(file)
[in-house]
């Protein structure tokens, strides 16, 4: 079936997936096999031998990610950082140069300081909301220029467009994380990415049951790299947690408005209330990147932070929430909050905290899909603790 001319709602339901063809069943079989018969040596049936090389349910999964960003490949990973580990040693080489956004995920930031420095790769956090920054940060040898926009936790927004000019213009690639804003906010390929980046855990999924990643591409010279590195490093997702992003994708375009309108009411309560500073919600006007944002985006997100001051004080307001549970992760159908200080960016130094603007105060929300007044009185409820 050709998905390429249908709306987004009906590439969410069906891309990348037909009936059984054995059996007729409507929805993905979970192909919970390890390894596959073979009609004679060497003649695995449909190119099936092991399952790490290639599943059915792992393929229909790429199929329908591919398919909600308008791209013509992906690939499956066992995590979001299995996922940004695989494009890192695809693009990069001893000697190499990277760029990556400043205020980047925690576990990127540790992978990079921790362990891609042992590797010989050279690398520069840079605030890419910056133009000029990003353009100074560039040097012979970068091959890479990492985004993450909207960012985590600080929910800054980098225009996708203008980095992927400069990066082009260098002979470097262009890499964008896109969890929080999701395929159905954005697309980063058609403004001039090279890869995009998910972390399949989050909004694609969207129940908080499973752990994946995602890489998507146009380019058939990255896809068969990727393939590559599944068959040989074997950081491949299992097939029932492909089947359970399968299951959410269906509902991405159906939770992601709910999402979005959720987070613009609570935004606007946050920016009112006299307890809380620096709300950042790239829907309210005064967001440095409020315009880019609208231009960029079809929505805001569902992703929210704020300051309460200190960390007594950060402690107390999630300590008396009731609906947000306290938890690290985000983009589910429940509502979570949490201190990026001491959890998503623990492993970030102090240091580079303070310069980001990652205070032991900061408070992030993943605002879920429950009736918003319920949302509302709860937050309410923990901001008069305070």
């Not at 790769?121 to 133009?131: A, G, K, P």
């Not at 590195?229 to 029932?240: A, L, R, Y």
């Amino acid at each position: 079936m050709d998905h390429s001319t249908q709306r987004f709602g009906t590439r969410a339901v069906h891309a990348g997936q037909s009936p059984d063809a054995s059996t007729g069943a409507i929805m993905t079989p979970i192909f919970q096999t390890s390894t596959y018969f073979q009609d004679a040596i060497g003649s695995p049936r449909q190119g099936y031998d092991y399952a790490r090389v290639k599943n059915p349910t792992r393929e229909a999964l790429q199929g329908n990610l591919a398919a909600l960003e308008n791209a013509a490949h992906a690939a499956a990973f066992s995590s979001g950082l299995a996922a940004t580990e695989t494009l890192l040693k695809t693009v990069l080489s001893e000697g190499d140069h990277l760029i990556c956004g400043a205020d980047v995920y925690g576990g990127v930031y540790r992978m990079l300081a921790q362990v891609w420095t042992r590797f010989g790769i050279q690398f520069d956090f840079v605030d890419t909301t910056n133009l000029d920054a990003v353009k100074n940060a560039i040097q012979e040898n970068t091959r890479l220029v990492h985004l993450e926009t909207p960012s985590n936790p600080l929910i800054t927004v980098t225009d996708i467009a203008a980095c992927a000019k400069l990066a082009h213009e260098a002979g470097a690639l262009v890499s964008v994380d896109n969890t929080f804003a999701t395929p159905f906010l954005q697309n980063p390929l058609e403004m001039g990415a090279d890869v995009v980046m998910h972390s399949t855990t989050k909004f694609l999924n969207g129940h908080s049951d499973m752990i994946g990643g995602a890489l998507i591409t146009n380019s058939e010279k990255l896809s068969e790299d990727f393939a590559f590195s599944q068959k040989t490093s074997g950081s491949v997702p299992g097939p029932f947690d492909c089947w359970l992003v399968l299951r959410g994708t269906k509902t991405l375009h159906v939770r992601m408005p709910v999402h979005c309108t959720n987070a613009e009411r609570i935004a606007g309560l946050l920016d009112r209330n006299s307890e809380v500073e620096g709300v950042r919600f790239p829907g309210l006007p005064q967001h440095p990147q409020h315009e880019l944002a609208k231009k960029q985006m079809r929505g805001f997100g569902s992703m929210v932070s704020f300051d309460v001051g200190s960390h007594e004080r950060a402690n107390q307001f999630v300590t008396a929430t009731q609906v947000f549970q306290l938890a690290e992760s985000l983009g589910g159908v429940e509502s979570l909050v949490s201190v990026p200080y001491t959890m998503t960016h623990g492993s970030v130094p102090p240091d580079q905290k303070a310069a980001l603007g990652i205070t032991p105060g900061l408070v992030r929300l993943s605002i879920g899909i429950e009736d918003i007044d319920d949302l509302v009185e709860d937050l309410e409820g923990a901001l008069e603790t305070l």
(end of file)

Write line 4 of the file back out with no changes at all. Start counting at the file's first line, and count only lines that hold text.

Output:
């Not at 590195?229 to 029932?240: A, L, R, Y």